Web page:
Brown pelican to fly off protected list

brown pelican 2
Photo courtesy of Flickr, by mikebaird

The Fish and Wildlife Service today announced some very good news — the brown pelican will soon be removed from the list of endangered and threatened species. This enormous fish-eating bird has been protected since 1970, when it was included on the very first list of US endangered species under a predecessor to the current Endangered Species Act. Its population rebounded after DDT was banned in 1972. By 1985, the pelican had recovered enough to justify delisting along the Atlantic coast. Now the Service has determined that populations are also stable off the Gulf and Pacific Coasts, such that the species as a whole no longer needs the protection of the ESA. Lest that judgment be wrong, the Act requires that the Service monitor the pelican’s status for at least five years after delisting.

The success of the ESA should never be measured by the number of species delisted. Many species will need perpetual protection against ongoing threats, and often the ESA is the only law that can provide that protection.  But it is truly grounds for celebration when we can identify and control key threats sufficiently to have confidence that an iconic species like the brown pelican can once again thrive on our coasts without special protection.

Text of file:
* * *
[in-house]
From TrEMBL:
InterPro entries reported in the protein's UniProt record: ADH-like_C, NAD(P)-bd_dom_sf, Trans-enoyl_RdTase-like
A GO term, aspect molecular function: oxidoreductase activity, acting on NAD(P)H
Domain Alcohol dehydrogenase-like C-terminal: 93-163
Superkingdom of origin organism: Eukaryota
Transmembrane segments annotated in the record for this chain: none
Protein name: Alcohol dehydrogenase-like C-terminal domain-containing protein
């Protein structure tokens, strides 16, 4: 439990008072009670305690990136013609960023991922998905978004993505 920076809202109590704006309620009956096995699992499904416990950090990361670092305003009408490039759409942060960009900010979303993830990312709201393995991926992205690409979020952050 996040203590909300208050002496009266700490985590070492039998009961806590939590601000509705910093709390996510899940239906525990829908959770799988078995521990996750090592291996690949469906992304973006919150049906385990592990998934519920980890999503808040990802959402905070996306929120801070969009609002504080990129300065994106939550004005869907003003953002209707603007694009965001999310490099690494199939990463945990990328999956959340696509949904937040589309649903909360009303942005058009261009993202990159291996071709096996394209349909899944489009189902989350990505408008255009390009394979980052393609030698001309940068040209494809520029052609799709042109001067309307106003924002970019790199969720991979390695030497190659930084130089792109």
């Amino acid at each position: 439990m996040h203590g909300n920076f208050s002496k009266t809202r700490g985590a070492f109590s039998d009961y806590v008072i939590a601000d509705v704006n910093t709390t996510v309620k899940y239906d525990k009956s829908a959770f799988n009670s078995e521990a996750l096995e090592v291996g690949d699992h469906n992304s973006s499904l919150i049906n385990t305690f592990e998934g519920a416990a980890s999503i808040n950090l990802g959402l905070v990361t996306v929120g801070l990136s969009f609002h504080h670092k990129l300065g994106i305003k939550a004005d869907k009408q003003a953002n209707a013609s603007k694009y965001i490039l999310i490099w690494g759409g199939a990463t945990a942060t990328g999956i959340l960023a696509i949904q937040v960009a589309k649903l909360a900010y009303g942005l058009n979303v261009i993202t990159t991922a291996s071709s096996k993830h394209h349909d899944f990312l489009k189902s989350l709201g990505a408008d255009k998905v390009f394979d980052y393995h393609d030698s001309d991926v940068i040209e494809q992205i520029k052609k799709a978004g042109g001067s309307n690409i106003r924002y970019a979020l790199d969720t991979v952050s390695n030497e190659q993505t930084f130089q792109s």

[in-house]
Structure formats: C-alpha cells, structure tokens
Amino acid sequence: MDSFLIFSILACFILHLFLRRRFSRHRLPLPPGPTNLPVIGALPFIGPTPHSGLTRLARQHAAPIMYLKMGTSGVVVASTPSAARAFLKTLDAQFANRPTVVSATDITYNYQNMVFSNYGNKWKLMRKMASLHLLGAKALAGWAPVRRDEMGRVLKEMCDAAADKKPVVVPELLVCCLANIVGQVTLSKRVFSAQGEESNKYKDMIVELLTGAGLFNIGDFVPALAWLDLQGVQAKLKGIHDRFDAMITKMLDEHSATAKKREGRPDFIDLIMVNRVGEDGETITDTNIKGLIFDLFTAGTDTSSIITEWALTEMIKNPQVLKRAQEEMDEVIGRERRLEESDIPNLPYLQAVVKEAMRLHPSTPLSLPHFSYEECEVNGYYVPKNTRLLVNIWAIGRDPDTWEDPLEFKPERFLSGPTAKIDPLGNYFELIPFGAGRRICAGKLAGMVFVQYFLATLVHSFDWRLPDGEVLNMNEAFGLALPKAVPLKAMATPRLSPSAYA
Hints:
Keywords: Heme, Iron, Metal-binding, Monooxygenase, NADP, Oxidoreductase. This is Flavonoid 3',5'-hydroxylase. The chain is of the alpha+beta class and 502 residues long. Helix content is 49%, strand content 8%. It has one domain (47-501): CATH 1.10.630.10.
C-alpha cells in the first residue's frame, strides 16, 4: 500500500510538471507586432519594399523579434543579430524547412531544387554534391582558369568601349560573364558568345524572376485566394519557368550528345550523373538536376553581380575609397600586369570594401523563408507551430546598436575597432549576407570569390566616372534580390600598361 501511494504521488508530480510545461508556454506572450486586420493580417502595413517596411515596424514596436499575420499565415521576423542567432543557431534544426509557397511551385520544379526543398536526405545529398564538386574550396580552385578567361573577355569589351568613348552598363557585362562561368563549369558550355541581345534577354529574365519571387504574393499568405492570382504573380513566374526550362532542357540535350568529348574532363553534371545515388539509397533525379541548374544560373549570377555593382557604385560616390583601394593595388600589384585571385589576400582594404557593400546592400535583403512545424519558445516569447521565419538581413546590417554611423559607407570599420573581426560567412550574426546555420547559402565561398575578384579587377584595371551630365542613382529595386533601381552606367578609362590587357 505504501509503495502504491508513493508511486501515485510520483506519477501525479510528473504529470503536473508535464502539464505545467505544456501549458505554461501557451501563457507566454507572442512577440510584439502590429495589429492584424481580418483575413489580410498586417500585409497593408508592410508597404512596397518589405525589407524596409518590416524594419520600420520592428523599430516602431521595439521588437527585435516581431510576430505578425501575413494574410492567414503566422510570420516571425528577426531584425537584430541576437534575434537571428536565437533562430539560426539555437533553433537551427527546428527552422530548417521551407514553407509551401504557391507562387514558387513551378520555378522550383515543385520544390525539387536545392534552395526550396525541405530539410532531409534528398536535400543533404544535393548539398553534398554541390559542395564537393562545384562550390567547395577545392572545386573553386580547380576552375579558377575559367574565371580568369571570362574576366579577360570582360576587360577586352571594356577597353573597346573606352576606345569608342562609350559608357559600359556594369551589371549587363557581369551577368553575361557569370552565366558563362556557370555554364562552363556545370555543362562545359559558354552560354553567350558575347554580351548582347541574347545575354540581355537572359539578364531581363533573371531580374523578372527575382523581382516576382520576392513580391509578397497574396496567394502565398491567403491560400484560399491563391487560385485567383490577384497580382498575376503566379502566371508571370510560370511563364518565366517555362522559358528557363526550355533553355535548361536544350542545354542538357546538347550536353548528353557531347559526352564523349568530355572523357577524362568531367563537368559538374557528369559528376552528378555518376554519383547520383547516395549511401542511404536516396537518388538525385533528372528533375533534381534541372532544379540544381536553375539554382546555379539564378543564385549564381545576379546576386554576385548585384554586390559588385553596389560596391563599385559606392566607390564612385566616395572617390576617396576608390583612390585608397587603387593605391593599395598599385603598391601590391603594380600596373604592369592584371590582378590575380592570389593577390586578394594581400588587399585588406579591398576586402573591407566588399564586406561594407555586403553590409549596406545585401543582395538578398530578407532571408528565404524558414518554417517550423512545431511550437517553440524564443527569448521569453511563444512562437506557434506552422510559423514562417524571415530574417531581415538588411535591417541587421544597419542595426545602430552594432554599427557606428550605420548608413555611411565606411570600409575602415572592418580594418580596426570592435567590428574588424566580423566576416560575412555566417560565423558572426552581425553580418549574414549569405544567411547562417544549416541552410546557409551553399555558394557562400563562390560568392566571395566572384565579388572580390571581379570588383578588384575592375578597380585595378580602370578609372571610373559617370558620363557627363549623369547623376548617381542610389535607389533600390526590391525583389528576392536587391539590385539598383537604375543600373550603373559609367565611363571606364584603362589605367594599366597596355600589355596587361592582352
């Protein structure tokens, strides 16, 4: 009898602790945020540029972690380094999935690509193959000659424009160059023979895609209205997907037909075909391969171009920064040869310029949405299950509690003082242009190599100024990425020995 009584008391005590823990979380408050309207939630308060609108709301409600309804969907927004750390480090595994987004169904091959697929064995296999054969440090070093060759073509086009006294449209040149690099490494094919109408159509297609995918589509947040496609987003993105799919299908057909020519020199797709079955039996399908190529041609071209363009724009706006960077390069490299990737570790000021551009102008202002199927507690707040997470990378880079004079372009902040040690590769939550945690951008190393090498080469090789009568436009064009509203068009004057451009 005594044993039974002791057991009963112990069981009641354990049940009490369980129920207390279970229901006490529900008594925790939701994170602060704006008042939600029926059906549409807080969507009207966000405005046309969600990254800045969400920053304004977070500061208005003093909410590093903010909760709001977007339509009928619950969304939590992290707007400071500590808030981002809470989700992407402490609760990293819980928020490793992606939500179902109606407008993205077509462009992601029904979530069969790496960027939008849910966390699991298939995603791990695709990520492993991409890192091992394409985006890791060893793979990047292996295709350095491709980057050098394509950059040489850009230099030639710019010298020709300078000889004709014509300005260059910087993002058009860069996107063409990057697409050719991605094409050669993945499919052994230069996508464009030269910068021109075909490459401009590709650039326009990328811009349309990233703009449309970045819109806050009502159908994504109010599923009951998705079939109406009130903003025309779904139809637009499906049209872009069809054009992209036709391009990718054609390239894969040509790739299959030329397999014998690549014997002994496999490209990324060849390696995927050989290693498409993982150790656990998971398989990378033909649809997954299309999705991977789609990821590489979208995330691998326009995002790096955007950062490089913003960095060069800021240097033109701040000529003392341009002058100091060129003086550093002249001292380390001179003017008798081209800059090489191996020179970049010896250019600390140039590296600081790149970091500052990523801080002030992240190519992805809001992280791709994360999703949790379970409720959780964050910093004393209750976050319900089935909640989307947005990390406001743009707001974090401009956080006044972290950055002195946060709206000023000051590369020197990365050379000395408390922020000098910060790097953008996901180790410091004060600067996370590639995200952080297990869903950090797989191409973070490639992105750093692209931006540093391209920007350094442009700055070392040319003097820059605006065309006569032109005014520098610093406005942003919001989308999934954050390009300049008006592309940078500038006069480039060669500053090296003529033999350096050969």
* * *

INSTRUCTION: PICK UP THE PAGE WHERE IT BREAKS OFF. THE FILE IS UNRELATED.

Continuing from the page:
UPDATE: The final rule delisting the brown pelican was published in the Federal Register on November 17. It will become effective on December 17. (For an easier-to-read pdf version, see here.)

Reader Comments

One Reply to “Brown pelican to fly off protected list”

  1. Holly,

    Comment unrelated to your post, but did you see this? (Ken Ward tipped us off to it on Coal Tattoo.)

    It should shock that Colorado’s Mark Udall–self-proclaimed environmental steward, scion of a family whose name is associated with conservation in the West, conqueror of Everest–signed on. But it doesn’t. Given the opportunity to choose green, Udall, like most Democrats from the Middle West, stays with brown.

    Does anyone from the Planet have a perspective on this letter? What does this kind of policy do for clean energy states like California? Perhaps, this once, it’s time to ask, what would Schwarzenegger say?

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About Holly

Holly Doremus is the James H. House and Hiram H. Hurd Professor of Environmental Regulation at UC Berkeley. Doremus brings a strong background in life sciences and a comm…

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